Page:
Ethical Issues at the University-Industry Interface: a Way Forward?

G R Evans, David E Packham

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This paper forms an introduction to this issue, the contents of which arose directly or indirectly from a conference in May 2001 on Corruption of scientific integrity? - The commercialisation of academic science. The introduction, in recent decades, of business culture and values into universities and research institutions is incompatible with the openness which scientific, and all academic pursuit traditionally require. It has given rise to a web of problems over intellectual property and conflict of interest which has even led to corporate sponsors' suppressing unfavourable results of clinical trials, to the detriment of patients' health. Although there are those who see the norms of science developing to recognise the importance of instrumental science aiming at specific goals and of knowledge judged by its value in a context of application, none justifies the covert manipulation of results by vested interest. Public awareness of these problems is growing and creating a climate of opinion where they may be addressed. We suggest that a way forward by the introduction of nationally and internationally-accepted guidelines for industrial collaboration which contain proper protections of the core purposes of universities and of the independence of their research. Some codes suggested for this purpose are discussed. We note that some universities are moving to adopt such codes of conduct, but argue the need for strong support from the government through its funding bodies.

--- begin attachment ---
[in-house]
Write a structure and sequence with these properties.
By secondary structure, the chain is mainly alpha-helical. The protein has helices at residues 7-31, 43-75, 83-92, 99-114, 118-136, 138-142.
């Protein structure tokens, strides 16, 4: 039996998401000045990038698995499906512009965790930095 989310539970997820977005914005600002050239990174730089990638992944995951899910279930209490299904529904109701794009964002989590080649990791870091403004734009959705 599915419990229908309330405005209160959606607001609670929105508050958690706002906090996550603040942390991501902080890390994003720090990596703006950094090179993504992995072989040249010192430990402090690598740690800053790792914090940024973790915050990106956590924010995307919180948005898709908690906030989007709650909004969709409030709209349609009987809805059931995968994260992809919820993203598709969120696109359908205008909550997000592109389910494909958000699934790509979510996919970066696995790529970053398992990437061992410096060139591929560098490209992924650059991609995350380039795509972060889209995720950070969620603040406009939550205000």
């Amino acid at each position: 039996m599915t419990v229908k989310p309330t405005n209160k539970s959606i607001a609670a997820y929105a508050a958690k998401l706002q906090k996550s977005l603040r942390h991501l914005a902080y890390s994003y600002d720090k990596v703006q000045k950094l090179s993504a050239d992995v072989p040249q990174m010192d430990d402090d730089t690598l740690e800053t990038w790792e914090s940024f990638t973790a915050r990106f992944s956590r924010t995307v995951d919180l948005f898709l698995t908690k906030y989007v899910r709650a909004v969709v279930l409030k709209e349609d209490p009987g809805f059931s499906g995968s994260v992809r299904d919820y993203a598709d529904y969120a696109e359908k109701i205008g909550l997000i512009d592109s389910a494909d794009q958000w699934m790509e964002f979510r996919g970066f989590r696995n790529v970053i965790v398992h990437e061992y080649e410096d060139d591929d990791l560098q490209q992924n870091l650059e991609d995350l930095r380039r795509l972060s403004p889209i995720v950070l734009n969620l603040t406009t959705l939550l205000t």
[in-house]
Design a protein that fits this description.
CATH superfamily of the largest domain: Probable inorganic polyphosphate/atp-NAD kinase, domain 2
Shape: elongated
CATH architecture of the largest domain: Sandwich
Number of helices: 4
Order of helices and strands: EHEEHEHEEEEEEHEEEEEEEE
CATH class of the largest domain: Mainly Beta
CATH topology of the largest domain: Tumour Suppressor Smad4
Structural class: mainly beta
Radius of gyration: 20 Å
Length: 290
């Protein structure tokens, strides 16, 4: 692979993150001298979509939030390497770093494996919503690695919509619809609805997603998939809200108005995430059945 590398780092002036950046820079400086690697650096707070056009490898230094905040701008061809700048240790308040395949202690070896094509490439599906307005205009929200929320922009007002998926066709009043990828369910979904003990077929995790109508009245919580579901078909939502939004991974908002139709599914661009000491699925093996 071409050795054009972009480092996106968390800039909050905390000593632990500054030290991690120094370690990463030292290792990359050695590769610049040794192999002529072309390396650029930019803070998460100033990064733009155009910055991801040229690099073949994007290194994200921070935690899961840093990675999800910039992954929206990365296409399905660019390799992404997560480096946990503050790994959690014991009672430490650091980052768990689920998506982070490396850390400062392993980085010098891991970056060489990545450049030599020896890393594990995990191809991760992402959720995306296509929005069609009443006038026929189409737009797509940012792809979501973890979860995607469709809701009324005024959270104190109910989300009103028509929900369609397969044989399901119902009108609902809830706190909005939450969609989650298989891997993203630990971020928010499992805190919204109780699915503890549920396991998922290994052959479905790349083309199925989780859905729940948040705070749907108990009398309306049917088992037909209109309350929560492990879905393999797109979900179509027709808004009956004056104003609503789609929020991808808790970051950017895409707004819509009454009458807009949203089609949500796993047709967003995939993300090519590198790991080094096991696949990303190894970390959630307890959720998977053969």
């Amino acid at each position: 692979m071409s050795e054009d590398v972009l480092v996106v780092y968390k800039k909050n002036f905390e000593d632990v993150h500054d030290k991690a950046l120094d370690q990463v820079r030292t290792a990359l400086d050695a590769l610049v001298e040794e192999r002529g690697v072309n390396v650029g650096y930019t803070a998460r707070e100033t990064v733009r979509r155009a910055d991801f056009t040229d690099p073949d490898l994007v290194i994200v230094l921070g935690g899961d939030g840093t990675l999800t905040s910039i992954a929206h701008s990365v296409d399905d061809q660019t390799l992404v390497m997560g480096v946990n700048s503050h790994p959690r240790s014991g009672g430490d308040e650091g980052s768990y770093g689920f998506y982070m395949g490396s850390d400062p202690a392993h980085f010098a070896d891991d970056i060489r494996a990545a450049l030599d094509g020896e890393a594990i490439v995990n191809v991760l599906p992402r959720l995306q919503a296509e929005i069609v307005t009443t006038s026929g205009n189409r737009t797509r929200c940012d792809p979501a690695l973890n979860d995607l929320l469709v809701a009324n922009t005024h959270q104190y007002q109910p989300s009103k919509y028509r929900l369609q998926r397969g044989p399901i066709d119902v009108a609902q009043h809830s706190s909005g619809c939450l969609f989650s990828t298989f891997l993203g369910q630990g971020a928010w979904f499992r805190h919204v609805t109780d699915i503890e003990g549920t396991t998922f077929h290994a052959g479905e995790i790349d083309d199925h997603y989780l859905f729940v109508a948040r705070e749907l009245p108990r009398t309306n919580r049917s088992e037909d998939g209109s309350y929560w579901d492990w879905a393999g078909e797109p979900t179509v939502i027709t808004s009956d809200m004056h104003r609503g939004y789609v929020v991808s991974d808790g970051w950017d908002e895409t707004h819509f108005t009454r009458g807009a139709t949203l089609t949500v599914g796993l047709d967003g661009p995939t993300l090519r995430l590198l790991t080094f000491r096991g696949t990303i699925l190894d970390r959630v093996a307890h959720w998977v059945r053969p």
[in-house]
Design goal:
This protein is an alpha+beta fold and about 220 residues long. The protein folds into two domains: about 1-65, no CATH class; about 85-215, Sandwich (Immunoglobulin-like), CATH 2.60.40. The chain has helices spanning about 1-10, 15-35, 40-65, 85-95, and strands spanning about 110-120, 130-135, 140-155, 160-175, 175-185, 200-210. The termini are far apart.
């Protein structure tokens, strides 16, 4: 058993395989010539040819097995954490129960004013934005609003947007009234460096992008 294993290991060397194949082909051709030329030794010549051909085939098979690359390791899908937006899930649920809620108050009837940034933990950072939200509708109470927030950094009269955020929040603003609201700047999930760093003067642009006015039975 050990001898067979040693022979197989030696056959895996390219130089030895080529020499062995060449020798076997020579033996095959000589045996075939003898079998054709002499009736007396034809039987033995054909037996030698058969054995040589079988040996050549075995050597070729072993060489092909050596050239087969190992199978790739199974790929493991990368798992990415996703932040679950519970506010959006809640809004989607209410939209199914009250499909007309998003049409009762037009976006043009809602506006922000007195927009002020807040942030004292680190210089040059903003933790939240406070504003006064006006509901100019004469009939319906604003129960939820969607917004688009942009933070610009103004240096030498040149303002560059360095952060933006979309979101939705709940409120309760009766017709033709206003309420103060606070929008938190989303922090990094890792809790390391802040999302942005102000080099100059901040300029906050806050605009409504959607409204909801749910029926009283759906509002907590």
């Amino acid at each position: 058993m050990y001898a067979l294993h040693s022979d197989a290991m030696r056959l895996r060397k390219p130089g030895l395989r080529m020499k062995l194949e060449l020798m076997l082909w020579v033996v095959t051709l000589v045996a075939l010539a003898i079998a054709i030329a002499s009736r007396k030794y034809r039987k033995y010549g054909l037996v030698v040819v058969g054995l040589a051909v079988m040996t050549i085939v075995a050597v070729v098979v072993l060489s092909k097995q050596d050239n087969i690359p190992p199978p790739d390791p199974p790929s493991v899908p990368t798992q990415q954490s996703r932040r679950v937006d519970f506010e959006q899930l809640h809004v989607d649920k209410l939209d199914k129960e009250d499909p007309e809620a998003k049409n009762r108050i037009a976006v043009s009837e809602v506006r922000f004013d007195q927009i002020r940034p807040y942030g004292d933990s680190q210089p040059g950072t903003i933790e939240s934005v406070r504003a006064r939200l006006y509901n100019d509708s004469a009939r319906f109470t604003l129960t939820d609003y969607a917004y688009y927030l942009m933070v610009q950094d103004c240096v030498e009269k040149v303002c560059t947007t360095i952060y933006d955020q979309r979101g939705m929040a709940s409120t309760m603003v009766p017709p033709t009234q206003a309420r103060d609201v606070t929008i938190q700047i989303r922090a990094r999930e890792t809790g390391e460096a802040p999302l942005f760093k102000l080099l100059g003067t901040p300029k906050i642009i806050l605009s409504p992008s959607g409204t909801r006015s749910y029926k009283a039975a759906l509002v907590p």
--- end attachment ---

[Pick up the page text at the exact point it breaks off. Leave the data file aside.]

Original languageEnglish
Pages (from-to)3-16
Number of pages14
JournalScience and Engineering Ethics
Issue number1
Publication statusPublished - 2003


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